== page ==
A complete and precise profile of Cannabis’ volatile fraction is not yet available because of terpene and terpenoid content fluctuation during plant growth.  Moreover, the chosen extraction technique can have a big impact on the outcome of the analysis.  In the last decades, an incredible array of terpenes and terpenoids have been identified in Cannabis, but just a few dozen are currently reported for metabolic profiling of different chemovars.  Because of the important contribution of the volatile fraction to the therapeutic effects of Cannabis, it is important to develop and validate methods capable of giving accurate detection and quantitation of terpenes.
Headspace sampling is fundamental if we want to extract volatile molecules from a heavier sample matrix and inject them into a gas chromatograph for analysis. If this extraction technique is applied, it is possible to get a neat chromatogram of volatile compounds, avoiding the chromatographic signals of molecules that could overlap with the peaks of interest and even interact with the stationary phase affecting the quantitation of the terpene fraction. 
The analytical method proposed by Saphira et al  pairs a static headspace sampler (SHS) with gas chromatography (GC) and tandem mass spectrometry (MS/MS), validating for the first time a novel SHS-GC/MS/MS method to simultaneously quantify 93 terpenoids. The analysis workflow starts by putting a sample of ground plant material into an HS vial and heating to 140°C for 40 minutes; the relatively high temperature for a short amount of time avoids the equilibration between the condensed and vapor phases, which could be different between the complex mixture (due to matrix effects) and calibration standards. This is known as the full evaporation technique. Once the volatile compounds are evaporated, they proceed to the inlet of the GC and are injected to an intermediate-polar column through an autosampler, with helium flow rate 0.9 mL/min.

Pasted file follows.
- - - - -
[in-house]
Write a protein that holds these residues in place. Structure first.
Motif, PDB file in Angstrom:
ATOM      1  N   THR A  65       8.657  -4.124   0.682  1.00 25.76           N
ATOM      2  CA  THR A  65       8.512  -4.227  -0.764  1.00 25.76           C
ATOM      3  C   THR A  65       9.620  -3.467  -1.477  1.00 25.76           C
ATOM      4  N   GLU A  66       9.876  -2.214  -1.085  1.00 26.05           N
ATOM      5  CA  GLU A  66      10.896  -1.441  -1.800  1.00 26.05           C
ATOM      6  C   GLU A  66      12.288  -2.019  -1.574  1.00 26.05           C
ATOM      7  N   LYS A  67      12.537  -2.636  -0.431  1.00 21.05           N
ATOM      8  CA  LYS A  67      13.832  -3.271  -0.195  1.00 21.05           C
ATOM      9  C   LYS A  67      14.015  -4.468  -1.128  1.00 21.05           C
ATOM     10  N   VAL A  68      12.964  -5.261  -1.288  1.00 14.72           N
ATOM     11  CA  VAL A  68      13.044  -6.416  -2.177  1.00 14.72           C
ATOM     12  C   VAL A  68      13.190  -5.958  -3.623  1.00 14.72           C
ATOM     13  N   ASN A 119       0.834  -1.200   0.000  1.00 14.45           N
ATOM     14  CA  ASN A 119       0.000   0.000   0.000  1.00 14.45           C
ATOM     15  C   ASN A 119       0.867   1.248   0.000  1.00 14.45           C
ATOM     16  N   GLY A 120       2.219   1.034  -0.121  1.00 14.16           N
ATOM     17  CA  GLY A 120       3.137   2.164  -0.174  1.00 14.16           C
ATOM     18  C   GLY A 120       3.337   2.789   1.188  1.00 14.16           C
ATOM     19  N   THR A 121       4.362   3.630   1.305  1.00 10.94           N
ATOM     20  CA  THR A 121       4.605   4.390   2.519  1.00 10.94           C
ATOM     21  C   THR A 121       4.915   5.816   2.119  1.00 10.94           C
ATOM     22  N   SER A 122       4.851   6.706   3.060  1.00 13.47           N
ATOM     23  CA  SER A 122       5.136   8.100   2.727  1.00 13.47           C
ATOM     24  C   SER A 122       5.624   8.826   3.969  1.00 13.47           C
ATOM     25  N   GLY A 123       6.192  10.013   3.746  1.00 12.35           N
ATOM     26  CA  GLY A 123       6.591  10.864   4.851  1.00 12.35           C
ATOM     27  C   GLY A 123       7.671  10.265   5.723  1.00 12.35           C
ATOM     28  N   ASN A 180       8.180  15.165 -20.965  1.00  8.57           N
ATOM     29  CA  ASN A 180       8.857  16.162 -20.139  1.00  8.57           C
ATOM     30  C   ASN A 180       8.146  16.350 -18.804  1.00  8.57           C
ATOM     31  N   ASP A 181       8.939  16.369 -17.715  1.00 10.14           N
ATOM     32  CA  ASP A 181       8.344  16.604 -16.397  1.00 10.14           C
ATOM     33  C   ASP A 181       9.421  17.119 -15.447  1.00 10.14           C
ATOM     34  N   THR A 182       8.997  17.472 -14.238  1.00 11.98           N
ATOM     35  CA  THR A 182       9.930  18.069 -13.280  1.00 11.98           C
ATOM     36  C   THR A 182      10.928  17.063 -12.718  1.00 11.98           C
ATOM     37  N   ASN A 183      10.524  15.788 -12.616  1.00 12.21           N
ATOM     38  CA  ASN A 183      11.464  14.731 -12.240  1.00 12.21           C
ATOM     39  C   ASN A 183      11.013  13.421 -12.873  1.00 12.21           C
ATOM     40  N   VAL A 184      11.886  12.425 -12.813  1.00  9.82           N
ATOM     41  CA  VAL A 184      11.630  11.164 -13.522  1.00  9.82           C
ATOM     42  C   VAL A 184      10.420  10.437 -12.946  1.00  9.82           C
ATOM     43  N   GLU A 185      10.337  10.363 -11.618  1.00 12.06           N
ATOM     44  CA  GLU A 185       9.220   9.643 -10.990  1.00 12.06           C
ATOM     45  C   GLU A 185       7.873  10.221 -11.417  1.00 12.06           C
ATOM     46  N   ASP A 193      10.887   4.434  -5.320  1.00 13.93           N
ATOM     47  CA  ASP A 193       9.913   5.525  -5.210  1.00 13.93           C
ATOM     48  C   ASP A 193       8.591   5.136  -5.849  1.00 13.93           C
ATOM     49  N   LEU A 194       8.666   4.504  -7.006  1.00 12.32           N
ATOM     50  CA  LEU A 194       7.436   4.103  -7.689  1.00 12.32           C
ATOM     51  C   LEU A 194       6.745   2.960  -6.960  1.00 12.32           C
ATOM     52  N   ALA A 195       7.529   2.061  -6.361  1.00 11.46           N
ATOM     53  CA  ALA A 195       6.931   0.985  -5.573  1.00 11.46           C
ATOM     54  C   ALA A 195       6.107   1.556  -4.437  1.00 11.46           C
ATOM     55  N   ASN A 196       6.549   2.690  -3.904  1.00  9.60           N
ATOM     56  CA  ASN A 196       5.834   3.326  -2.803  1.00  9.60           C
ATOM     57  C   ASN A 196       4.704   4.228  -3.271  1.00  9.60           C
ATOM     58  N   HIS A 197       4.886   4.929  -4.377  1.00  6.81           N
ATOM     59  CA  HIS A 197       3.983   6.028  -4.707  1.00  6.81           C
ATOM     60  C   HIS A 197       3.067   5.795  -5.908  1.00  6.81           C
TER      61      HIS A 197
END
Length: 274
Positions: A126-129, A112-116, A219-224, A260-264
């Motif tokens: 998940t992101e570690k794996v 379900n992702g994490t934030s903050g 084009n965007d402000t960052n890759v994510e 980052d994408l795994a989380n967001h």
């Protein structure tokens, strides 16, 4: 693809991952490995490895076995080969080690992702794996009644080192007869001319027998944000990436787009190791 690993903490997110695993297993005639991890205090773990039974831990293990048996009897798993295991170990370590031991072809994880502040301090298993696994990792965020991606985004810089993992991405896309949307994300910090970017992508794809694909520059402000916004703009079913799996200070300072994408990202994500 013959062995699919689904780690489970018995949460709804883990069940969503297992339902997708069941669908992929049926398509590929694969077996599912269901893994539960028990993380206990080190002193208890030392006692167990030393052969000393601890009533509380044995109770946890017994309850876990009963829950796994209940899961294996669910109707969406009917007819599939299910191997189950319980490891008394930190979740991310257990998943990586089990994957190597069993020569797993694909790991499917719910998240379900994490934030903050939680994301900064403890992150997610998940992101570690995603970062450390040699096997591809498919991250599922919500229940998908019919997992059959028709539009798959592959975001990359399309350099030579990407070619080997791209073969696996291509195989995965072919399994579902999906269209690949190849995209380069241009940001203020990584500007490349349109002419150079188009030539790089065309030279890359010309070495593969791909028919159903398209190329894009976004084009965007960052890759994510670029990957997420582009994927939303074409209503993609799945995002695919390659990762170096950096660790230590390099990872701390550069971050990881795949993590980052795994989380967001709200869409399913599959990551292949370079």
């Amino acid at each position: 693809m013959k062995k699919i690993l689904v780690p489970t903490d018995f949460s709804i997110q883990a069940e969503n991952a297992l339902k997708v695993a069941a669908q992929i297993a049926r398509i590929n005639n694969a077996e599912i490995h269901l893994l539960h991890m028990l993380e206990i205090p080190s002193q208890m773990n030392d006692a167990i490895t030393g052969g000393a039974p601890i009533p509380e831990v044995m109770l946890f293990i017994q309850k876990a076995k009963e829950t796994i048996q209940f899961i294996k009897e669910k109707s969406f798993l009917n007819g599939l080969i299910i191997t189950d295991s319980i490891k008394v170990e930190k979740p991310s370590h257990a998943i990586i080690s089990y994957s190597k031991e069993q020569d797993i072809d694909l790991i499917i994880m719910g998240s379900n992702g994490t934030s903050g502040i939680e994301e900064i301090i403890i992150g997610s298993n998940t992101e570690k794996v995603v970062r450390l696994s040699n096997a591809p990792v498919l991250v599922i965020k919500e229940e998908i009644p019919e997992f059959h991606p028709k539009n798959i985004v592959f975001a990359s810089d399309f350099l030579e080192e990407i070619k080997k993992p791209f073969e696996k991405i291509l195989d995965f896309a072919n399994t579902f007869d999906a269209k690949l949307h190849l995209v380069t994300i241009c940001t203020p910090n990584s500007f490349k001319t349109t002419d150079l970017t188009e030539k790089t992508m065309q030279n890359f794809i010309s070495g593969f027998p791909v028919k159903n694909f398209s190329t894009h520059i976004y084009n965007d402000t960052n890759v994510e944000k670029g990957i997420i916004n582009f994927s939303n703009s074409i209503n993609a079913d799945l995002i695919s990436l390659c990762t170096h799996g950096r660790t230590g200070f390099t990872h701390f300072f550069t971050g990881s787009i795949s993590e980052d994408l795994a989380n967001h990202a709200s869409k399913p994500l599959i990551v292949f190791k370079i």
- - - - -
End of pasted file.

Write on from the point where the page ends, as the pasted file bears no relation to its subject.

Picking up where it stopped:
The GC is paired to a triple-quadrupole MS operating in electron impact mode with mass range 35-250 amu. Comparing retention times and protonated masses of the chromatographic peaks with analytical standards, it is possible to identify and quantify terpenes and terpenoids. The elution order from the GC follows the boiling point of the analytes going from the smaller monoterpenes and monoterpenoids to larger and higher boiling point sesquiterpenes and sesquiterpenoids.
A strong point of this analytical method using SHS is the possibility of analysing plant material without prior sample treatment, avoiding the formation of artifacts and the alteration of terpene ratios. Moreover, SHS is preferable to liquid injection, reducing contamination of GC columns and the MS detector. The semipolar column enhanced chromatographic resolution, and MS/MS detection improved sensitivity and identification.
The researchers validated the method against the 93 terpene standards. Looking at 16 distinct chemovars, they then noted “most inflorescences expressed relatively unique terpenoid profiles for the most pronounced terpenoids.”
References: Namdar D, et al. Variation in the compositions of cannabinoid and terpenoids in Cannabis sativa derived from inflorescence position along the stem and extraction methods. Industrial Crops and Products. 2018;113:376–382. doi:10.1016/j.indcrop.2018.01.060 [Times cited = 19 (Semantic Scholar)] [Journal Impact Factor = 4.244]
 Saphira A, et al. Tandem Mass Spectrometric quantification of 93 terpenoids in Cannabis using static headspace injections. Analytical Chemistry. 2019;91(17):11425-11432.
DOI: 10.1021/acs.analchem.9b02844 [Times cited = 7 (Semantic Scholar)] [Journal Impact Factor = 6.785]
 Kolb B, Ettre LS. Static Headspace-Gas Chromatography: Theory and Practice. 2nd ed. Hoboken, NJ: Wiley; 2006.